Funding was provided by DOE's Office of Energy Efficiency and Renewable Energy (http://www.eere.energy.gov/). UT-Battelle manages ORNL for DOE's Office of Science, the single largest supporter of basic research in the physical sciences in the United States. The Office of Science is working to address some of the most pressing challenges of our time. For more information, please visit http://science.energy.gov/
Ron Walli | EurekAlert!
A new tool for discovering nanoporous materials
23.05.2017 | Ecole Polytechnique Fédérale de Lausanne
Did you know that packaging is becoming intelligent through flash systems?
23.05.2017 | Heraeus Noblelight GmbH
Staphylococcus aureus is a feared pathogen (MRSA, multi-resistant S. aureus) due to frequent resistances against many antibiotics, especially in hospital infections. Researchers at the Paul-Ehrlich-Institut have identified immunological processes that prevent a successful immune response directed against the pathogenic agent. The delivery of bacterial proteins with RNA adjuvant or messenger RNA (mRNA) into immune cells allows the re-direction of the immune response towards an active defense against S. aureus. This could be of significant importance for the development of an effective vaccine. PLOS Pathogens has published these research results online on 25 May 2017.
Staphylococcus aureus (S. aureus) is a bacterium that colonizes by far more than half of the skin and the mucosa of adults, usually without causing infections....
Physicists from the University of Würzburg are capable of generating identical looking single light particles at the push of a button. Two new studies now demonstrate the potential this method holds.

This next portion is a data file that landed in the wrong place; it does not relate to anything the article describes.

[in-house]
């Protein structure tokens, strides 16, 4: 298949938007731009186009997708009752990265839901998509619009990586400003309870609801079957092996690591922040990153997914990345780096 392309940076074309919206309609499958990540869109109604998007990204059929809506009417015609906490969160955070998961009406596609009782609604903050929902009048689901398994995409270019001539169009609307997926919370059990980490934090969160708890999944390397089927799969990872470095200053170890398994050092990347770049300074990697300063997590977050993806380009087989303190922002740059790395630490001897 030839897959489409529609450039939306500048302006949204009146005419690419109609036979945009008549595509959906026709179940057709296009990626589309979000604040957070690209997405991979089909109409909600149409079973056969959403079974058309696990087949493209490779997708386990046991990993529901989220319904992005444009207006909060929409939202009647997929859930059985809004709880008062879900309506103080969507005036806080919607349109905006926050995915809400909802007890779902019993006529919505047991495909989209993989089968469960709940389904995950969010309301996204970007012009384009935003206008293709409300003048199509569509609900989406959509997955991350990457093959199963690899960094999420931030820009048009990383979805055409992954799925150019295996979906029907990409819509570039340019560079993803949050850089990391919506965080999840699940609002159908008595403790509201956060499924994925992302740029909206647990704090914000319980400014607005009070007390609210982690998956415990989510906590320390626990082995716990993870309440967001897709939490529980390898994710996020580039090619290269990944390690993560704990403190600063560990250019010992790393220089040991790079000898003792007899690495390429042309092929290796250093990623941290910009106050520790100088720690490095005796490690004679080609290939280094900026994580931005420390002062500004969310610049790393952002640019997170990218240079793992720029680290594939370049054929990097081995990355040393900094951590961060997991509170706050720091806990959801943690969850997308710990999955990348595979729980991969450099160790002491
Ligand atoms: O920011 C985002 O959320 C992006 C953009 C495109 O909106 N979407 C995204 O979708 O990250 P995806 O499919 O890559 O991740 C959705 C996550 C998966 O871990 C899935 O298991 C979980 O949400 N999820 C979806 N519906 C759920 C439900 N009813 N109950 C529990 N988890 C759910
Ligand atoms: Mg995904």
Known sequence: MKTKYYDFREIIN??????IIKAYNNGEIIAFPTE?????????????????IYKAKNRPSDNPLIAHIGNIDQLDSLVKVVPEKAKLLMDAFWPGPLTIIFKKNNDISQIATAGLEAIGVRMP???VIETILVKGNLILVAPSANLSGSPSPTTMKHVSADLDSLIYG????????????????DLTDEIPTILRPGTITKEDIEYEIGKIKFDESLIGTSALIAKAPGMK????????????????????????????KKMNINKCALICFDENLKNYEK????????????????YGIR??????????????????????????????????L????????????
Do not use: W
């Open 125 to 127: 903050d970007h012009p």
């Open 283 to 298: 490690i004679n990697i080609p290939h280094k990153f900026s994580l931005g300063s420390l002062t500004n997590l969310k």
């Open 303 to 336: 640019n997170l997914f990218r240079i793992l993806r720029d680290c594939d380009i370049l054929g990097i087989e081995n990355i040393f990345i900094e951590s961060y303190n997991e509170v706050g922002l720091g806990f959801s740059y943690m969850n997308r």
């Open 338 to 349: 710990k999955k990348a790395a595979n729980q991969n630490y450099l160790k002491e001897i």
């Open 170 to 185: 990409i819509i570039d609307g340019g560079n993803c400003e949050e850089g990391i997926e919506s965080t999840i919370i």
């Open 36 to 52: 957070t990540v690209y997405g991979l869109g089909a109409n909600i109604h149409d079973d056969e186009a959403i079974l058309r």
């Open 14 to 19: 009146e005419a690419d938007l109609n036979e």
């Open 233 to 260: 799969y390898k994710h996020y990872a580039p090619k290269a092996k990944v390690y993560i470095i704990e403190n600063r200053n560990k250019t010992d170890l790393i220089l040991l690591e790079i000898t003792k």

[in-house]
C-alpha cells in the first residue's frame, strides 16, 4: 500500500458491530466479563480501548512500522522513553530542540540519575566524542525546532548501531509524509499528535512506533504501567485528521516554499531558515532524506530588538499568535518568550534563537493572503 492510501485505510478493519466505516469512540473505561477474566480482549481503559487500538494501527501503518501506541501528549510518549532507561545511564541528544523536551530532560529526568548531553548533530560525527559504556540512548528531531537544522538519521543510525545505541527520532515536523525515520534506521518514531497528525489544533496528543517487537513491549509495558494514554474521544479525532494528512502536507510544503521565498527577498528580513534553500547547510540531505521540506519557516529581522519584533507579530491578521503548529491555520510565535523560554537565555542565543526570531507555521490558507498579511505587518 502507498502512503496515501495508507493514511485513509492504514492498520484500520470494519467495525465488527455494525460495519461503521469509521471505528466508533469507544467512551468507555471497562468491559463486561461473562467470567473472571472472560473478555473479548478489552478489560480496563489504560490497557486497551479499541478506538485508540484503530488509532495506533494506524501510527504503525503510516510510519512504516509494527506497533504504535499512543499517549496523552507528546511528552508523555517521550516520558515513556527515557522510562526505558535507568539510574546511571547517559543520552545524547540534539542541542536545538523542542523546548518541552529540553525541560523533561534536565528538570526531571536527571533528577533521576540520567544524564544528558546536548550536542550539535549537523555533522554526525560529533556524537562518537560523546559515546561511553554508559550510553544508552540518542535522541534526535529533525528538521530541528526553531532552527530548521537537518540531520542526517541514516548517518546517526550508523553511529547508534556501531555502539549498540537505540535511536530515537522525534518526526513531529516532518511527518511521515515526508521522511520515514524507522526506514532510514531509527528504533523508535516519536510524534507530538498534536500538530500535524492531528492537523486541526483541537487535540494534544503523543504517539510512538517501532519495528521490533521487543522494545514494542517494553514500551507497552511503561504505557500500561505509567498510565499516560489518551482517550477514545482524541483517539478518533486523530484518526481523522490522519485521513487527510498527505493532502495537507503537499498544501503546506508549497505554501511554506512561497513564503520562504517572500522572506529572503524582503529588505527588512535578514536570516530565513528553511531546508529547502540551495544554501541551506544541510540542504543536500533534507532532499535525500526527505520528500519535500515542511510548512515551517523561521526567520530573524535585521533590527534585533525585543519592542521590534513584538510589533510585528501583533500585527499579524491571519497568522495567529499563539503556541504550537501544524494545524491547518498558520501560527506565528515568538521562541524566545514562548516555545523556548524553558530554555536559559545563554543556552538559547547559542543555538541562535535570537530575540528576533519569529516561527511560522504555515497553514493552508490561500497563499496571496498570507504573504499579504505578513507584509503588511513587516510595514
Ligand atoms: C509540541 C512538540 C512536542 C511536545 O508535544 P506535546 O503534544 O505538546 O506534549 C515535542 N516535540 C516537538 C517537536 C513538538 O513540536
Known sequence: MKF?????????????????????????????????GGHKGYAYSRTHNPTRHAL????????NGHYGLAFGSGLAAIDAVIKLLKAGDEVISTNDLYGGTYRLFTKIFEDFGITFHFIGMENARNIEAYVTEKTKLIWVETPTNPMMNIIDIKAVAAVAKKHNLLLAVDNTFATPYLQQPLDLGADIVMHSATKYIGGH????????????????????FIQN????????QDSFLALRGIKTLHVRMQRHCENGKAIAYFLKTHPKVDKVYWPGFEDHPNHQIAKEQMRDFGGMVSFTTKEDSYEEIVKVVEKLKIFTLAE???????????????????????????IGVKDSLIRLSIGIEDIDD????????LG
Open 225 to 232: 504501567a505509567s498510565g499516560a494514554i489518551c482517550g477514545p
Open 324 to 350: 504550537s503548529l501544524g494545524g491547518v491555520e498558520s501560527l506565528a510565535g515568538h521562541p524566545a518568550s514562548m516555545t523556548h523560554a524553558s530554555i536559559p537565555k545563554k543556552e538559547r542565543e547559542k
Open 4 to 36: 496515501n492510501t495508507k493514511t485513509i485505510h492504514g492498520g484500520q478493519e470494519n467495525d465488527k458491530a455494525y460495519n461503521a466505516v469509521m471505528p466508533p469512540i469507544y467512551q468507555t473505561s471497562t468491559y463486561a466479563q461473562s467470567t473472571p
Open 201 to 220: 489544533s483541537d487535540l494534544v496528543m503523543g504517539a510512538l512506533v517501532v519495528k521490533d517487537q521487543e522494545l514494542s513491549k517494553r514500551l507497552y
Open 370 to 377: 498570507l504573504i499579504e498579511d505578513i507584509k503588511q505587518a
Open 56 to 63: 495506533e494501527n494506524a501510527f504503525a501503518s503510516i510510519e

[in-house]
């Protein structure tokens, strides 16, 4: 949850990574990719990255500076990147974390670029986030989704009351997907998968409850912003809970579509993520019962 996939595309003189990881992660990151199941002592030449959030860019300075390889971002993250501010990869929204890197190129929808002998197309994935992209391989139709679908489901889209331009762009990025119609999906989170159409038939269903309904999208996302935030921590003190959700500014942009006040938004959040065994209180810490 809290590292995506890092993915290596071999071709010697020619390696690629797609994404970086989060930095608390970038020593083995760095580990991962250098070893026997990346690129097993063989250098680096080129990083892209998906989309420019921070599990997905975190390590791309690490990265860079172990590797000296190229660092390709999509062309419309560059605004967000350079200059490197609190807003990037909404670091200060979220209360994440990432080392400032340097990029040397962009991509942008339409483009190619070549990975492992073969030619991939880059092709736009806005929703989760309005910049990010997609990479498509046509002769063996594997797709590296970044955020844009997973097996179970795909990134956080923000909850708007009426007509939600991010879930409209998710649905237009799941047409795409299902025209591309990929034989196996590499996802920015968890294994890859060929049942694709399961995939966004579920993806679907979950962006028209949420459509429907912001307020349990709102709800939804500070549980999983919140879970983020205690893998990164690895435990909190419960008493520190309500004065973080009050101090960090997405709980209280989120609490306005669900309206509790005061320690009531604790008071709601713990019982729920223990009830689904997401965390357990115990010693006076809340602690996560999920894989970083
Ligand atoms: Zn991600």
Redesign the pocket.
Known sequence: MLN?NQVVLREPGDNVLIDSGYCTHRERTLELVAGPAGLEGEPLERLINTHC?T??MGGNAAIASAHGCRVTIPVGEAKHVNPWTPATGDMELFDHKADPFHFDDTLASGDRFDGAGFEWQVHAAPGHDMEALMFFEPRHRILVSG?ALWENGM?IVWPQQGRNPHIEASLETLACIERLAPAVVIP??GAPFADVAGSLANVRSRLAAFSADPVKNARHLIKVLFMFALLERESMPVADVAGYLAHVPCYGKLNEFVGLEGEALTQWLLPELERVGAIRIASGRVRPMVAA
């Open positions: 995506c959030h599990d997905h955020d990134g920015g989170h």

The quantum computer has fuelled the imagination of scientists for decades: It is based on fundamentally different phenomena than a conventional computer....
An international team of physicists has monitored the scattering behaviour of electrons in a non-conducting material in real-time. Their insights could be beneficial for radiotherapy.
We can refer to electrons in non-conducting materials as ‘sluggish’. Typically, they remain fixed in a location, deep inside an atomic composite. It is hence...
Two-dimensional magnetic structures are regarded as a promising material for new types of data storage, since the magnetic properties of individual molecular building blocks can be investigated and modified. For the first time, researchers have now produced a wafer-thin ferrimagnet, in which molecules with different magnetic centers arrange themselves on a gold surface to form a checkerboard pattern. Scientists at the Swiss Nanoscience Institute at the University of Basel and the Paul Scherrer Institute published their findings in the journal Nature Communications.
Ferrimagnets are composed of two centers which are magnetized at different strengths and point in opposing directions. Two-dimensional, quasi-flat ferrimagnets...
An Australian-Chinese research team has created the world's thinnest hologram, paving the way towards the integration of 3D holography into everyday...
24.05.2017 | Event News
23.05.2017 | Event News
22.05.2017 | Event News
26.05.2017 | Life Sciences
26.05.2017 | Life Sciences
26.05.2017 | Physics and Astronomy